Washington State Public Schools Protected by Crisis Management System

April 20, 2009

The Washington State legislature passed a bill in 2003 that assigned the Washington Association of Sheriffs and Police Chiefs (WASPC) the responsibility to create and operate a statewide Critical Incident Planning and Mapping System (CIPMS) to protect schools. Since that bill was passed, the CIPMS has been expanded to include other public facilities and infrastructure in the state, and the WASPC announced on Wednesday that it is now protecting almost 2,000 public K-12 schools and 18 out of the 35 community colleges in Washington State.

“The statewide program has been very effective in helping public safety agencies respond to emergencies,” said the executive director of WASPC, Don Pierce. “Most notably, the system was used in an ‘active shooter’ event at a Washington State high school to quickly contain a gunman and evacuate 2,000 students in 20 minutes. The CIPMS provided first responders with quick access to floor plans where the gunman was located as well as images of what the shooter was able to see. The system has also been used during bomb threats, lockdowns, fire incidents, and natural disasters.”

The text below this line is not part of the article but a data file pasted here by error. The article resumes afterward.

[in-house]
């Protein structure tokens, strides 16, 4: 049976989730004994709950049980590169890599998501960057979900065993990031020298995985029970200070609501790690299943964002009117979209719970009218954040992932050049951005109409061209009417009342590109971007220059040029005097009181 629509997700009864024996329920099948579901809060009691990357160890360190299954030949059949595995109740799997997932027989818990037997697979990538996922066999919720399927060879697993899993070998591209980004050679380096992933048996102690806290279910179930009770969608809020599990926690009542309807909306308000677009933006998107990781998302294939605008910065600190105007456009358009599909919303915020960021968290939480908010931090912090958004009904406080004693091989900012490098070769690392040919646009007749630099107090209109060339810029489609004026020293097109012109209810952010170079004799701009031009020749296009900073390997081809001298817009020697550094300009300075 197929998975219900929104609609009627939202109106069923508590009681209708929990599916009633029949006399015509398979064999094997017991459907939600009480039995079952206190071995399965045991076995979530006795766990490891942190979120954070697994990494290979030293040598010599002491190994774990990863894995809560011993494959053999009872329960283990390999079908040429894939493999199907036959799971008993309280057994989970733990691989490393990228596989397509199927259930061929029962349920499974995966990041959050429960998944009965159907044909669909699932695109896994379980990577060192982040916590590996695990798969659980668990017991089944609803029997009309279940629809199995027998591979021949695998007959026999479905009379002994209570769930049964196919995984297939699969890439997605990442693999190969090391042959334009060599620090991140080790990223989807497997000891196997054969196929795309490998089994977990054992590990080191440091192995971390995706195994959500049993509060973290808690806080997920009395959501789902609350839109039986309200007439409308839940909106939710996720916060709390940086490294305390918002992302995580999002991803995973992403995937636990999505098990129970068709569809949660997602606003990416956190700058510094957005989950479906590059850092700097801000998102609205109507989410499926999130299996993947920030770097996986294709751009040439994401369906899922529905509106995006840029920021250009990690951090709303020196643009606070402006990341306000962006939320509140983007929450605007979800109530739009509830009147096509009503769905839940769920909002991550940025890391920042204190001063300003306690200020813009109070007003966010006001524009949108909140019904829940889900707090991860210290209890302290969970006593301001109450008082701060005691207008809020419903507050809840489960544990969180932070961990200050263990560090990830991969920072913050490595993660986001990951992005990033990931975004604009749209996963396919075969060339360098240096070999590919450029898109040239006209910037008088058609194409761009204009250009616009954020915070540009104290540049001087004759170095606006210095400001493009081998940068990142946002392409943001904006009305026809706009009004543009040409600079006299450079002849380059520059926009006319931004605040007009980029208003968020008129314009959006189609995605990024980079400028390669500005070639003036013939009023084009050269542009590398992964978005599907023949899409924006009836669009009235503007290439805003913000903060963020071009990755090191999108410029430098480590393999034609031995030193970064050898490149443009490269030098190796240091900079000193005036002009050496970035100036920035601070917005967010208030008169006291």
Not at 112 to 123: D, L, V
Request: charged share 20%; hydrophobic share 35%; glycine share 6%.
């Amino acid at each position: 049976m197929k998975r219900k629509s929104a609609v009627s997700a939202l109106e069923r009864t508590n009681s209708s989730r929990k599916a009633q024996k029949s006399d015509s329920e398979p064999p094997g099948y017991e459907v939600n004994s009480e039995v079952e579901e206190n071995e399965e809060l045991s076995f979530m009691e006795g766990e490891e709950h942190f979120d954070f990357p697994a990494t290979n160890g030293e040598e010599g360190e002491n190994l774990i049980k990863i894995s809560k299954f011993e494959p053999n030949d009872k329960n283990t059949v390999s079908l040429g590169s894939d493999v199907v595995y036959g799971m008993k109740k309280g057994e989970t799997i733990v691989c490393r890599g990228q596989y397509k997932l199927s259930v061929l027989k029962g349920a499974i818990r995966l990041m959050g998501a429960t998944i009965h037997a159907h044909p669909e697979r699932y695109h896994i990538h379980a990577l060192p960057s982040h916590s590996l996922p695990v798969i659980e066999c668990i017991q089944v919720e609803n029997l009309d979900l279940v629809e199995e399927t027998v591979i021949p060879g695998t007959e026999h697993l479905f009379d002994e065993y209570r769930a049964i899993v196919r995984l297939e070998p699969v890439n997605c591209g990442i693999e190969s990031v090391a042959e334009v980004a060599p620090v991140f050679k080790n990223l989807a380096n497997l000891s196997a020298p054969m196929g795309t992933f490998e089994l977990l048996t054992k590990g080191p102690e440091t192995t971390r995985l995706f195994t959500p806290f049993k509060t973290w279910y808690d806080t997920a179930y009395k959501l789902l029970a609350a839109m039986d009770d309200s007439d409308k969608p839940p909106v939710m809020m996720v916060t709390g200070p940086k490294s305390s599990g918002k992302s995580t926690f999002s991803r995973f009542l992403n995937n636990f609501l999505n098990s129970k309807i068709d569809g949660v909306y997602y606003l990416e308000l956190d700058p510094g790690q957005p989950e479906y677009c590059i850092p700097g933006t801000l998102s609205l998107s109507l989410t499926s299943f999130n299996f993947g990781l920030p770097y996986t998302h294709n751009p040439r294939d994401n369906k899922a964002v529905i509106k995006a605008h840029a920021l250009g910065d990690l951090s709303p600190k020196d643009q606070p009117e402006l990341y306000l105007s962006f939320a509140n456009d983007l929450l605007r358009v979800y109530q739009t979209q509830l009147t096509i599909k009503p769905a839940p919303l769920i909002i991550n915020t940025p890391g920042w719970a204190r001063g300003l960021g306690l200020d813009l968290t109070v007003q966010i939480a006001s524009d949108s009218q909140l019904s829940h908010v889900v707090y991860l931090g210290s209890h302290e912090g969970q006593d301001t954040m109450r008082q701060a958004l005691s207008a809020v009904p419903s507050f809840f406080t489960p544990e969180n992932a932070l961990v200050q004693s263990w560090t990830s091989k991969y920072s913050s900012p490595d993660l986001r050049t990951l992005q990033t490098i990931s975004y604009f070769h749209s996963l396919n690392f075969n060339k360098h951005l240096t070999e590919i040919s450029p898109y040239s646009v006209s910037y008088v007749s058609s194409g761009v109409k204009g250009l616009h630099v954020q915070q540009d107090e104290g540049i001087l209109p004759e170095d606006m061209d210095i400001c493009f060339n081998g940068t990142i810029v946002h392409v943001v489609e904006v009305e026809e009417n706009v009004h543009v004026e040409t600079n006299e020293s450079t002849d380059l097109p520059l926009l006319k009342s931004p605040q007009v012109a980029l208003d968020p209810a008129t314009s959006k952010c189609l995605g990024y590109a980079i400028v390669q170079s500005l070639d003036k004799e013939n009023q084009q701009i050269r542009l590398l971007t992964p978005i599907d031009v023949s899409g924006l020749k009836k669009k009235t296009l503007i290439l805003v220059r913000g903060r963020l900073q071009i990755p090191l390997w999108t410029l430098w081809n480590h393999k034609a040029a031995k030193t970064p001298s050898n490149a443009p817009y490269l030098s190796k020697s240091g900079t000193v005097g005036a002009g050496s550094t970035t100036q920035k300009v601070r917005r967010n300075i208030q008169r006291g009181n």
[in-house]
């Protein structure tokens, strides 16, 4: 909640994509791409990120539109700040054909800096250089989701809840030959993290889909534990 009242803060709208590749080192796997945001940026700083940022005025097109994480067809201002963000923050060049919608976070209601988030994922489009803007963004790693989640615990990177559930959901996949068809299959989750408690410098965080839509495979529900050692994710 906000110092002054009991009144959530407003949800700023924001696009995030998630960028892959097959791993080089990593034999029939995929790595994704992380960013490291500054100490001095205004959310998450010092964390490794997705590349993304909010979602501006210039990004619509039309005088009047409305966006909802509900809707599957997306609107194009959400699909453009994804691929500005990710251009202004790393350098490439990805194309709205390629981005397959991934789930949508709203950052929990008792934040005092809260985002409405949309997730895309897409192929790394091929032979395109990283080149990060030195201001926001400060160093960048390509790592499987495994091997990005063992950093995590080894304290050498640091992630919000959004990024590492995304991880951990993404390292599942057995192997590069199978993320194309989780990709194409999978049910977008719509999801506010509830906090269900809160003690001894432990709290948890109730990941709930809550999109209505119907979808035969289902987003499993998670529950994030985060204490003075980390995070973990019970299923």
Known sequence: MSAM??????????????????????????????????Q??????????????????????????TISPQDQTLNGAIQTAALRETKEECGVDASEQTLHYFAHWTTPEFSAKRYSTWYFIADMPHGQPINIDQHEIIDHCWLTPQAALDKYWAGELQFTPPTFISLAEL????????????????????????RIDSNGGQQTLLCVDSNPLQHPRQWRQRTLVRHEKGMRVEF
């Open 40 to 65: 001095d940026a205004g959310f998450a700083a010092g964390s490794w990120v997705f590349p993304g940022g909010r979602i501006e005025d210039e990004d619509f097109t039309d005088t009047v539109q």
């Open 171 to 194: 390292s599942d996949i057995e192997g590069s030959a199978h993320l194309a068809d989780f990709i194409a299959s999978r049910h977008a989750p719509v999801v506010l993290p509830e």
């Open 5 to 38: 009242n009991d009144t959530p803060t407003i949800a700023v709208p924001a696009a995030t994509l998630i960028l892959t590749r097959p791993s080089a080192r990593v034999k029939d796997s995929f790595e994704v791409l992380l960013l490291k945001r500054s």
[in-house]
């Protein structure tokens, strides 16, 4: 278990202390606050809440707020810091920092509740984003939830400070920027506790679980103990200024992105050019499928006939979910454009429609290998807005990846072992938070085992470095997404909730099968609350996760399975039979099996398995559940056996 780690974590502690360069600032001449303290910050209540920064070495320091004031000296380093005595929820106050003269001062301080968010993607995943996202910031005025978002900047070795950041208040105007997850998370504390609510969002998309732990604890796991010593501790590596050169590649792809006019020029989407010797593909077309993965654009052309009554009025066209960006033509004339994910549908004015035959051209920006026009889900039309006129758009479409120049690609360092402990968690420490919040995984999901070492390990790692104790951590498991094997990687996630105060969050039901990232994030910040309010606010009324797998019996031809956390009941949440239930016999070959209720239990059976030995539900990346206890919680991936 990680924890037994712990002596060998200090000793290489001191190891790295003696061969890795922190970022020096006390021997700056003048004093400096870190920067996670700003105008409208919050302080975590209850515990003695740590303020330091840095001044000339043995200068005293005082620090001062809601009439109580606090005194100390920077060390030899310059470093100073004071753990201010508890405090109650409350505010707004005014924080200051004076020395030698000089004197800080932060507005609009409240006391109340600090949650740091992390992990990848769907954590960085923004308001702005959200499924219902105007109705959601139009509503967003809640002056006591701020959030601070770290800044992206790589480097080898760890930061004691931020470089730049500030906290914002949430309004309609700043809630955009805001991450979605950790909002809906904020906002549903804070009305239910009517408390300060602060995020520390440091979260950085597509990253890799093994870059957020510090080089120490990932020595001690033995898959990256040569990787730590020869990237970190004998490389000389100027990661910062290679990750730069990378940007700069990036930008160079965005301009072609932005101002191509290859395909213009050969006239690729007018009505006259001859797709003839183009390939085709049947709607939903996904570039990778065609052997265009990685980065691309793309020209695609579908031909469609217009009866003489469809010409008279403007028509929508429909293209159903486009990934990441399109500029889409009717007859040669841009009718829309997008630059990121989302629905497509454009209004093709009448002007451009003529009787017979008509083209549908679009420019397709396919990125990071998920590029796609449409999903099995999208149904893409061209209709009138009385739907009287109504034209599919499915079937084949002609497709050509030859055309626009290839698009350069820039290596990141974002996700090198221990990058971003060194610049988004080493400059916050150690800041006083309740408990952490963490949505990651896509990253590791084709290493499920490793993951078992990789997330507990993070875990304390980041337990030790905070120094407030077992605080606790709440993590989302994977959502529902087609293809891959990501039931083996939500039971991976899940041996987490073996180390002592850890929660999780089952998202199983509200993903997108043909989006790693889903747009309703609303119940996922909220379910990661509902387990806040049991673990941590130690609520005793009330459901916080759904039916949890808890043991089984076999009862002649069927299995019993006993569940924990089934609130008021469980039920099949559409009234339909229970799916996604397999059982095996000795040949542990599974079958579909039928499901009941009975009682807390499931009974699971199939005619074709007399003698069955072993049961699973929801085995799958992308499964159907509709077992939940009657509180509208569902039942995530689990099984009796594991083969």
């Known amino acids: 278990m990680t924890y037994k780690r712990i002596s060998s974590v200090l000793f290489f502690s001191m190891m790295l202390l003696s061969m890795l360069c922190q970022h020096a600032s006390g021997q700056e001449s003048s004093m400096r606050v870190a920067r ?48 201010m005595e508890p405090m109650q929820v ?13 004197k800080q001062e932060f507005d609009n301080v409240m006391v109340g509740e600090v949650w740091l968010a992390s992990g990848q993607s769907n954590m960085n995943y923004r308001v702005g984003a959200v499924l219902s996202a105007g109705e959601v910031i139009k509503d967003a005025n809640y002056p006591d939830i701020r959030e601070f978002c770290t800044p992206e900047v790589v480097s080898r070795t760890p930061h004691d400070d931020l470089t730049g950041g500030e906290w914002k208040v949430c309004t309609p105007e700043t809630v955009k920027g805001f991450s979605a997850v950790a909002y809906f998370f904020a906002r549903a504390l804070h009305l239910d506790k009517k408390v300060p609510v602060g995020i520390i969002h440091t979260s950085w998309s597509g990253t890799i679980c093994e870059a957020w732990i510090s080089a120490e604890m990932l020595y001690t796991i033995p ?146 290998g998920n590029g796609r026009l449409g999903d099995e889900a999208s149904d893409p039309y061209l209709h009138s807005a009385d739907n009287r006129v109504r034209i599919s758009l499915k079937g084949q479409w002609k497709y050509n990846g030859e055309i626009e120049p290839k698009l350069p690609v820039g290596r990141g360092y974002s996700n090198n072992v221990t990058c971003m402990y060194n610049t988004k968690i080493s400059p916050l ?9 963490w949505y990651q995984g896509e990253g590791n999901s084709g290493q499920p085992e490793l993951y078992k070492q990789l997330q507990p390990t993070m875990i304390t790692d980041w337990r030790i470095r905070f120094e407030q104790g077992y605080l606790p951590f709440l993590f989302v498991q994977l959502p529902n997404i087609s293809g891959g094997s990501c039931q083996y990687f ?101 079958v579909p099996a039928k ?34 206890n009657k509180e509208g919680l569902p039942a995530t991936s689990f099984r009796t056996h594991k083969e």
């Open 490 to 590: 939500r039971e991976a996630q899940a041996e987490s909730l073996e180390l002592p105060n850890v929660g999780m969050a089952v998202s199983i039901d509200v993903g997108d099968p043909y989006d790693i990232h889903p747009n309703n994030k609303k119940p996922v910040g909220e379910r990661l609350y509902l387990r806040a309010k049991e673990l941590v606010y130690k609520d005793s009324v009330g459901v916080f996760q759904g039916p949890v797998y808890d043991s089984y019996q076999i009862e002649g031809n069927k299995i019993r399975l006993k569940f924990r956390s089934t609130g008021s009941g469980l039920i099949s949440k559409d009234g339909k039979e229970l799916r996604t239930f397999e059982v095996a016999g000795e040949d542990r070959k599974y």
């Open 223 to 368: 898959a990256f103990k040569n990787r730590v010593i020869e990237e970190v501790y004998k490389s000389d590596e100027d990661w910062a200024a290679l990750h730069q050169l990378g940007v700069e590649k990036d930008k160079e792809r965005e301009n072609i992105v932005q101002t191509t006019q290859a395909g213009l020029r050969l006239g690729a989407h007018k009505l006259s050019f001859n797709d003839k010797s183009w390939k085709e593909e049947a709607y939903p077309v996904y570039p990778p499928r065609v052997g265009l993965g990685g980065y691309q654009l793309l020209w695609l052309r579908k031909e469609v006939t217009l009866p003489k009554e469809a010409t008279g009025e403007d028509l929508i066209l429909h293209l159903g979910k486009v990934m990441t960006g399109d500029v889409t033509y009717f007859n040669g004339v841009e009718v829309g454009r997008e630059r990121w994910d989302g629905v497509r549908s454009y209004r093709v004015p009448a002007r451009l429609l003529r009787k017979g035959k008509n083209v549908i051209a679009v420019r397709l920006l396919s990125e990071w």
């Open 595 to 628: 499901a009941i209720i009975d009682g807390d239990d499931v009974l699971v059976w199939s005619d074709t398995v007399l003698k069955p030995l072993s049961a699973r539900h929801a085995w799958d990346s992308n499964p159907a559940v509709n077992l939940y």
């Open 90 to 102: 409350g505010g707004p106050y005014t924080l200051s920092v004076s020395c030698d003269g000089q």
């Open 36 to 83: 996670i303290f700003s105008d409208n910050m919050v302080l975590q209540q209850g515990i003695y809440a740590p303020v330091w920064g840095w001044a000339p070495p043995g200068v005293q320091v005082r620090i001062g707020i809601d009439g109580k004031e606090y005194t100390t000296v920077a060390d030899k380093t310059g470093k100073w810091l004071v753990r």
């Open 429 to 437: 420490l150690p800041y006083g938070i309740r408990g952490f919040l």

The CIPMS uses Rapid Responder® crisis management system technology, which is certified by the U.S. Department of Homeland Security’s SAFETY Act program as a “Qualified Anti-Terrorism Technology,” and it provides police officers, fire fighters, school officials, and other first responders with secure and instant access to important campus information, including site and floor plans, aerial and geospatial (GIS) imagery, hazardous material locations, emergency response plans, digital images both inside and outside the schools, and evacuation routes via a computer. Additionally, the WASPC has worked with emergency responders and facility officials together at each mapped site for pre-planning how they will respond to emergencies at each campus.

“Washington State has been proactive in providing a safe learning environment for our students,” said Governor Christine Gregoire. “From addressing bullying issues to the deployment of this one-of-a-kind statewide emergency response program, the state is committed to keeping our children safe.”

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